# CBO

## Introduction

The idea for this blog post is based on a recent Twitter discussion with Martin Berger, Martin Bach and Mauro Pagano about revealing SQL Plan Directive details for an existing cursor as walking through the standard Oracle data dictionary views can be very time consuming/slow and there are still some details missing about the dynamic sampling task itself, even if you have found what you are looking for.

## Dynamic Sampling

Following on from an OTN posting about dynamic sampling difficulties I had planned to write a blog post about the difference between “not sampling when hinted” and “ignoring the sample” – but Mohamed Houri got there before me.

It’s just worth highlighing a little detail that is often overlooked, though: there are two versions of the dynamic_sampling() hint, the cursor level and the table level, and the number of blocks sampled at a particular level is dependent on which version you are using.  Level 4 at the cursor level, for example, will sample 64 blocks if and only if a certain condition is met,  but at the table level it will sample 256 blocks unconditionally.

## CBO Series

About a year ago I came across a couple of useful articles from Stefan Koehler, which is when I added his name to my blog roll. As an introduction for other readers I’ve compiled an index for a series of articles he wrote about the CBO viewed, largely, from the perspective of using Oracle to run SAP. Today I realised I hadn’t got around to publishing it, and there’s been a couple of additions since I first started to compile the list.

## Temp Table Transformation Cardinality Estimates - 2

Continuing from the previous part - which was about the Temp Table Transformation and join cardinality estimates - using the same simple table setup here is a slight variation of the previously used query to demonstrate the potential impact on single table cardinality estimates:

`explain plan forwithcte as (select /* inline */ id from t1 twhere 1 = 1)select /*+           no_merge(a) no_merge(b)       */ * from cte a, cte bwhere a.id = b.idand a.id > 990 and b.id > 990;-- 11.2.0.x Plan with TEMP transformation--------------------------------------------------------------------------------`

## Temp Table Transformation Cardinality Estimates - 1

Having published recently two notes about the Temp Table Transformation highlighting the heuristics based decision and other weaknesses, for example regarding the projection of columns, it's time to publish some more notes about it.The transformation can also have significant impact on cardinality estimates, both join and single table cardinality.Looking at the difference in the join cardinality estimates of following simple example:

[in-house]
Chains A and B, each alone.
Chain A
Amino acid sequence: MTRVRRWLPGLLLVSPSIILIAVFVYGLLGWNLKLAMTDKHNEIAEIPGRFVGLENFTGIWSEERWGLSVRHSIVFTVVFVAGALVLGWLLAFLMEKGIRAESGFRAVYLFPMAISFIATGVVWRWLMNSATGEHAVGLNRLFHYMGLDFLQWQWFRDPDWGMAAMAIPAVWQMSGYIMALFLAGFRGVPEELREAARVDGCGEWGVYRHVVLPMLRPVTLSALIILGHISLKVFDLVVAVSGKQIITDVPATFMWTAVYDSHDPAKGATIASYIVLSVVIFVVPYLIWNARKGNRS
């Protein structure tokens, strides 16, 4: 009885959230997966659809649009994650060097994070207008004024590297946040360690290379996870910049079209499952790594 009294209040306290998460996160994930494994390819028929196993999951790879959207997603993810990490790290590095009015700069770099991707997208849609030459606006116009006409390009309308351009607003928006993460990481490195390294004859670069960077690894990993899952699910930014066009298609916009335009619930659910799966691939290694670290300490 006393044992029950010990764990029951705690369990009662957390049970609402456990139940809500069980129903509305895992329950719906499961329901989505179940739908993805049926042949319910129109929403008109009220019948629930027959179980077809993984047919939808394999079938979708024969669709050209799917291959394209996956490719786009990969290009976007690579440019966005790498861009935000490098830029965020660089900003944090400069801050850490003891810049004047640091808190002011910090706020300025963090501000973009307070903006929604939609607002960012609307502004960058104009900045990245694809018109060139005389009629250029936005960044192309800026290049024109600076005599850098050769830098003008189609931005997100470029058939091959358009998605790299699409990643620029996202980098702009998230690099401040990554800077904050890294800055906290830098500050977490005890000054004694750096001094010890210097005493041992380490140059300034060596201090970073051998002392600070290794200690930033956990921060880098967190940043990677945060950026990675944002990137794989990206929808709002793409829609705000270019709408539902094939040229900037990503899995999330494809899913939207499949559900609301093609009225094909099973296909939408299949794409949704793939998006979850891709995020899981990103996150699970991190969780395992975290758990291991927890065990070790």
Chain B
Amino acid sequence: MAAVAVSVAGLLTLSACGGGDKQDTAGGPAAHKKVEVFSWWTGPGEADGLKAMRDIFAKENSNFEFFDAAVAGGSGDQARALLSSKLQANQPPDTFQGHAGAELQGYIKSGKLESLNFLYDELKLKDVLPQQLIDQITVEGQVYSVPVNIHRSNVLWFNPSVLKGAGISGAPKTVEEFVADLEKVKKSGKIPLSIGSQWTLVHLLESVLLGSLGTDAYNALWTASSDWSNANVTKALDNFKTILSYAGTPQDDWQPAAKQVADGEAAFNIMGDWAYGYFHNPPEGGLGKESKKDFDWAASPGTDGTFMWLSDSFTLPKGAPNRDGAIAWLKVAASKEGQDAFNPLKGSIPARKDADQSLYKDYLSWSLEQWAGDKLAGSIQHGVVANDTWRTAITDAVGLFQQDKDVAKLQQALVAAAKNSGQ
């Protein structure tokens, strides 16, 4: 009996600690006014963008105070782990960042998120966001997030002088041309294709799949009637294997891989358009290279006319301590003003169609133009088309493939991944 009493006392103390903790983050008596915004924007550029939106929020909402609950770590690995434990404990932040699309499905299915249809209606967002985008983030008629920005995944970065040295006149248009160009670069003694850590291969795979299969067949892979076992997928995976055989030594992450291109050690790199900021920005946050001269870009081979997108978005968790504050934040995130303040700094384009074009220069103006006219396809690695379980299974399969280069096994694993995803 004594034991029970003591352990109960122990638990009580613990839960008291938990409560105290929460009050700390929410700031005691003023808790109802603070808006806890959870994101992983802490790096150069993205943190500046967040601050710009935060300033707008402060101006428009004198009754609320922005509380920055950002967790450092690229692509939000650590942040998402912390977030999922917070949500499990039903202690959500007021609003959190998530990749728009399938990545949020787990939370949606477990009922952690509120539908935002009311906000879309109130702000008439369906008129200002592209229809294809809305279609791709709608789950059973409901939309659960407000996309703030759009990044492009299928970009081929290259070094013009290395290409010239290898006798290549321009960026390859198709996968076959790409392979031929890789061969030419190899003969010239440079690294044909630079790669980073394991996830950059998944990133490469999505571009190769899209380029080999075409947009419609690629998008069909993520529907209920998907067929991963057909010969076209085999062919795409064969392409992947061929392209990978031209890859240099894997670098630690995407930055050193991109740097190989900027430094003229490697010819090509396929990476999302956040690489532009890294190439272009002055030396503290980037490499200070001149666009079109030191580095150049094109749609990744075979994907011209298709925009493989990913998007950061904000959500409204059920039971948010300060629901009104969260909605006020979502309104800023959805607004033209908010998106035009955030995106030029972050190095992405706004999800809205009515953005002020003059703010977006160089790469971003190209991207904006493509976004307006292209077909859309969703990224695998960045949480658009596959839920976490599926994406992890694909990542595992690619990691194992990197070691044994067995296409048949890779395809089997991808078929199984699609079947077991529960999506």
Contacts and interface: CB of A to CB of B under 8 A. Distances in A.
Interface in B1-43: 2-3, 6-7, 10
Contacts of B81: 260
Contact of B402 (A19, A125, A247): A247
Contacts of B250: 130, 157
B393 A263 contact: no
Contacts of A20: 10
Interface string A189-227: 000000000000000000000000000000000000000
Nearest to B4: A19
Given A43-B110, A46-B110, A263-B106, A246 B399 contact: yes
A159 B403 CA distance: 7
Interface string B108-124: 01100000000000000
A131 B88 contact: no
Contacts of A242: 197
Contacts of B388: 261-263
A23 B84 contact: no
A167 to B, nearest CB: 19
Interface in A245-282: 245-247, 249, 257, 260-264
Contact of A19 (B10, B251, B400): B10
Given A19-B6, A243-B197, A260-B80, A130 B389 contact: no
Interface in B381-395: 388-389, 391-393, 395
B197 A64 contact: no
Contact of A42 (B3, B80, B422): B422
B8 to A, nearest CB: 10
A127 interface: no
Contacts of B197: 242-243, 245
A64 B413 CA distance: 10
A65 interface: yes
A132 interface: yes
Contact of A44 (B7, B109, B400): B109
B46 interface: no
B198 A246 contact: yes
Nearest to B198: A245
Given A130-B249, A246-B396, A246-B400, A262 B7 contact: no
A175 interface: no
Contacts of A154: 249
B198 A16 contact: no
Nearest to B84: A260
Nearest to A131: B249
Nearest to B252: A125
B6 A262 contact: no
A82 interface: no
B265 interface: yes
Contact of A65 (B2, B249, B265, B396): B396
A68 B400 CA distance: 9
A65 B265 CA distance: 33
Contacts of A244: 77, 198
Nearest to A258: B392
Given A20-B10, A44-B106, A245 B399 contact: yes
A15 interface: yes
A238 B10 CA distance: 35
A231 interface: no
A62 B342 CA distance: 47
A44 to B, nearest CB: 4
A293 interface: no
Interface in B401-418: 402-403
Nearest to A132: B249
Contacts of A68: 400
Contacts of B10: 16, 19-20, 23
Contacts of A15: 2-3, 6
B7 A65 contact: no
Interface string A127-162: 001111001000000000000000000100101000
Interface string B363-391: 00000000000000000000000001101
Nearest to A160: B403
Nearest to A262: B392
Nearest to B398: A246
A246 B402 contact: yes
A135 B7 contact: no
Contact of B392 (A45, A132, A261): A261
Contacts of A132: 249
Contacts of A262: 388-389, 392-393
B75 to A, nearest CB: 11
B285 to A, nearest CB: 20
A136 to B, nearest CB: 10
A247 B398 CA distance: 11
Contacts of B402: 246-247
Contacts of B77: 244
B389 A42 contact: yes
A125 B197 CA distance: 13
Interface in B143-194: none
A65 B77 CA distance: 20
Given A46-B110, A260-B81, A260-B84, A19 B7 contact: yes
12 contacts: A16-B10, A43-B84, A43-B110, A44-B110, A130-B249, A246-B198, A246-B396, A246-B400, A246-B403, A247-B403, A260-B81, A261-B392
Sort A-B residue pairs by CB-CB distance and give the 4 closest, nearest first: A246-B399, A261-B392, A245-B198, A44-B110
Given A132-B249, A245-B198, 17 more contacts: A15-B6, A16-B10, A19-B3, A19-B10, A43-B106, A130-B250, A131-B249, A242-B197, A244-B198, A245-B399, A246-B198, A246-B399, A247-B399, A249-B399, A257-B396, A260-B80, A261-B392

`create table t1asselect        rownum as id      , mod(rownum, 10) + 1 as id2      , rpad('x', 100) as fillerfrom        dualconnect by        level <= 1000;`

## Heuristic Temp Table Transformation - 2

Some time ago I've demonstrated the non-cost based decision for applying the temp table transformation when using CTEs (Common Table/Subquery Expressions). In this note I want to highlight another aspect of this behaviour.Consider the following data creating a table with delibrately wide columns:

`create table aas  select          rownum as id        , rownum as id2        , rpad('x', 4000) as large_vc1        , rpad('x', 4000) as large_vc2        , rpad('x', 4000) as large_vc3from          dualconnect by          level <= 1000;exec dbms_stats.gather_table_stats(null, 'a')`

## Function-Based Indexes And CURSOR_SHARING = FORCE

In general it is known that Function-Based Indexes (FBIs) can no longer be used by the optimizer if the expression contains literals and CURSOR_SHARING = FORCE / SIMILAR (deprecated) turns those literals into bind variables.

## Not Exists

The following requirement appeared recently on OTN:

## Combined ACCESS And FILTER Predicates - Excessive Throw-Away

Catchy title... Let's assume the following data setup:

`create table t1asselect        rownum as id      , 1 as id2      , rpad('x', 100) as fillerfrom        dualconnect by        level <= 1e4;create table t2asselect        rownum as id      , 1 as id2      , rpad('x', 100) as fillerfrom        dualconnect by        level <= 1e4;create table t3asselect        rownum as id      , 1 as id2      , rpad('x', 100) as fillerfrom        dualconnect by        level <= 1e4;exec dbms_stats.gather_table_stats(null, 't1')exec dbms_stats.gather_table_stats(null, 't2')exec dbms_stats.gather_table_stats(null, 't3')`

## push_pred – evolution

Here’s a query (with a few hints to control how I want Oracle to run it) that demonstrates the difficulty of trying to solve problems by hinting (and the need to make sure you know where all your hinted code is):